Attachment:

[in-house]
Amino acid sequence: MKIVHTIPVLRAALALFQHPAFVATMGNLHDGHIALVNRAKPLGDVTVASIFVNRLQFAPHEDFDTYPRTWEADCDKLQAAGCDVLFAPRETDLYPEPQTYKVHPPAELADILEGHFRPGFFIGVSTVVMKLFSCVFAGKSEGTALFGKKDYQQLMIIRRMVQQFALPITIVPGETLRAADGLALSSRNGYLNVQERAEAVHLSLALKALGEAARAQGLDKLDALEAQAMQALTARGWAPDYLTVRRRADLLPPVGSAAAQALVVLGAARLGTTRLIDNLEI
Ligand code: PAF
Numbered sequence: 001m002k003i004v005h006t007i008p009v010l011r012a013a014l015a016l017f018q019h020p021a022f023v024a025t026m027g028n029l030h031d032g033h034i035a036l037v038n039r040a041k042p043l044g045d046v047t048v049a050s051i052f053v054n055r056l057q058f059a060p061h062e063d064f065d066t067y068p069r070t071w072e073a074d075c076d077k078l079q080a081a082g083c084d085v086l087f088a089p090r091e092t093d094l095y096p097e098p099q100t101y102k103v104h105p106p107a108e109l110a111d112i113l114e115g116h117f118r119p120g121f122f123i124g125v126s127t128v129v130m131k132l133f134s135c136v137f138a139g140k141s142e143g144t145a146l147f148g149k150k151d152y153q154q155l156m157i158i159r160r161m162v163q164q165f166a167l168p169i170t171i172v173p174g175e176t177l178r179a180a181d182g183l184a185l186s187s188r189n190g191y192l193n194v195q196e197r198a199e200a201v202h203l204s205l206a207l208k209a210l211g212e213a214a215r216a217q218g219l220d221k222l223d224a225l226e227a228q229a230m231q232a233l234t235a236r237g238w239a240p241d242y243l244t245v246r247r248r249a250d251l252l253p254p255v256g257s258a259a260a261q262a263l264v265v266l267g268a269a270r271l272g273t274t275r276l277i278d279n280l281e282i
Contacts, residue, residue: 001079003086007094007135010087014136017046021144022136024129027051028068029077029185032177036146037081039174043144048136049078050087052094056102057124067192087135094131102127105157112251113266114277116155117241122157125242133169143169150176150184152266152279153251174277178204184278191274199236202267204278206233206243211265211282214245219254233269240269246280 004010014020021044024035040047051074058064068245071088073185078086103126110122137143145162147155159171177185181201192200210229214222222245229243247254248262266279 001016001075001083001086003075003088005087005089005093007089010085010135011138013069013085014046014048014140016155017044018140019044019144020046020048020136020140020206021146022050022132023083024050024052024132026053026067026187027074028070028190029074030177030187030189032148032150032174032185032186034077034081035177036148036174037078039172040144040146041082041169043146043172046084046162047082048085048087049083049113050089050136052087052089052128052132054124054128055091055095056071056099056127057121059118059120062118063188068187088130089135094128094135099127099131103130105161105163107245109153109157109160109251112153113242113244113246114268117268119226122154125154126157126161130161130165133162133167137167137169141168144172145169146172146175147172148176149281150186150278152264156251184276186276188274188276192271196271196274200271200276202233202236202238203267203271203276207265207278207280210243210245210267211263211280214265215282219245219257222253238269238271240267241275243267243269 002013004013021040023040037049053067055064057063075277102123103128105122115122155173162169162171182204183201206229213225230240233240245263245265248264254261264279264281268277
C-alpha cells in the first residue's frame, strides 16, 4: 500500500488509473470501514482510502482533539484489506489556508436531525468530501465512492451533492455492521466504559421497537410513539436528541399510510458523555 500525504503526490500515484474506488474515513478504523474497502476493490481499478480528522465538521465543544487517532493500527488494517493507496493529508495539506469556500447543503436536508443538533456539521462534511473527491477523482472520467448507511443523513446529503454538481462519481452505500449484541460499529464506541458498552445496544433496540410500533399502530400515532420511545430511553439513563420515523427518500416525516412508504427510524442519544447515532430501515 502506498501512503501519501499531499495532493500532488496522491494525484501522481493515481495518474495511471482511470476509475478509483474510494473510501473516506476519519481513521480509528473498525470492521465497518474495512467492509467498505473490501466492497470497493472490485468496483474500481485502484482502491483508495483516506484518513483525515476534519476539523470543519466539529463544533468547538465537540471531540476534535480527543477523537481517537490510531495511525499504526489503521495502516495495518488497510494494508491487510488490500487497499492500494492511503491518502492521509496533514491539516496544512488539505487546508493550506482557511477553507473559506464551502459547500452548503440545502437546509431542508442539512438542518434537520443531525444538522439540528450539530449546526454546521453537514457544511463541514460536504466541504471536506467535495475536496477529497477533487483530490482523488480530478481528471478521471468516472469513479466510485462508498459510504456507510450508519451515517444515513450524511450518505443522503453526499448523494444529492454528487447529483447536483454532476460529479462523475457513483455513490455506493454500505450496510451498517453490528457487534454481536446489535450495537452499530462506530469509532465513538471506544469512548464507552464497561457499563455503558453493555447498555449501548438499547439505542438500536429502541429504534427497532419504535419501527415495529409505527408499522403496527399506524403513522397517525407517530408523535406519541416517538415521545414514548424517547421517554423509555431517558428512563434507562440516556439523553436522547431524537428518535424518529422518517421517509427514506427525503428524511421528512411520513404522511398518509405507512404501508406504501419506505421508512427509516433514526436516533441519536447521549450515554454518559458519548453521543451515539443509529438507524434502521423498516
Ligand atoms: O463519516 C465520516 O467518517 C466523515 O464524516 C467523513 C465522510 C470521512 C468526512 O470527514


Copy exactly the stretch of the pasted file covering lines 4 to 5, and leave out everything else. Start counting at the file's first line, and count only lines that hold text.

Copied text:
Numbered sequence: 001m002k003i004v005h006t007i008p009v010l011r012a013a014l015a016l017f018q019h020p021a022f023v024a025t026m027g028n029l030h031d032g033h034i035a036l037v038n039r040a041k042p043l044g045d046v047t048v049a050s051i052f053v054n055r056l057q058f059a060p061h062e063d064f065d066t067y068p069r070t071w072e073a074d075c076d077k078l079q080a081a082g083c084d085v086l087f088a089p090r091e092t093d094l095y096p097e098p099q100t101y102k103v104h105p106p107a108e109l110a111d112i113l114e115g116h117f118r119p120g121f122f123i124g125v126s127t128v129v130m131k132l133f134s135c136v137f138a139g140k141s142e143g144t145a146l147f148g149k150k151d152y153q154q155l156m157i158i159r160r161m162v163q164q165f166a167l168p169i170t171i172v173p174g175e176t177l178r179a180a181d182g183l184a185l186s187s188r189n190g191y192l193n194v195q196e197r198a199e200a201v202h203l204s205l206a207l208k209a210l211g212e213a214a215r216a217q218g219l220d221k222l223d224a225l226e227a228q229a230m231q232a233l234t235a236r237g238w239a240p241d242y243l244t245v246r247r248r249a250d251l252l253p254p255v256g257s258a259a260a261q262a263l264v265v266l267g268a269a270r271l272g273t274t275r276l277i278d279n280l281e282i
Contacts, residue, residue: 001079003086007094007135010087014136017046021144022136024129027051028068029077029185032177036146037081039174043144048136049078050087052094056102057124067192087135094131102127105157112251113266114277116155117241122157125242133169143169150176150184152266152279153251174277178204184278191274199236202267204278206233206243211265211282214245219254233269240269246280 004010014020021044024035040047051074058064068245071088073185078086103126110122137143145162147155159171177185181201192200210229214222222245229243247254248262266279 001016001075001083001086003075003088005087005089005093007089010085010135011138013069013085014046014048014140016155017044018140019044019144020046020048020136020140020206021146022050022132023083024050024052024132026053026067026187027074028070028190029074030177030187030189032148032150032174032185032186034077034081035177036148036174037078039172040144040146041082041169043146043172046084046162047082048085048087049083049113050089050136052087052089052128052132054124054128055091055095056071056099056127057121059118059120062118063188068187088130089135094128094135099127099131103130105161105163107245109153109157109160109251112153113242113244113246114268117268119226122154125154126157126161130161130165133162133167137167137169141168144172145169146172146175147172148176149281150186150278152264156251184276186276188274188276192271196271196274200271200276202233202236202238203267203271203276207265207278207280210243210245210267211263211280214265215282219245219257222253238269238271240267241275243267243269 002013004013021040023040037049053067055064057063075277102123103128105122115122155173162169162171182204183201206229213225230240233240245263245265248264254261264279264281268277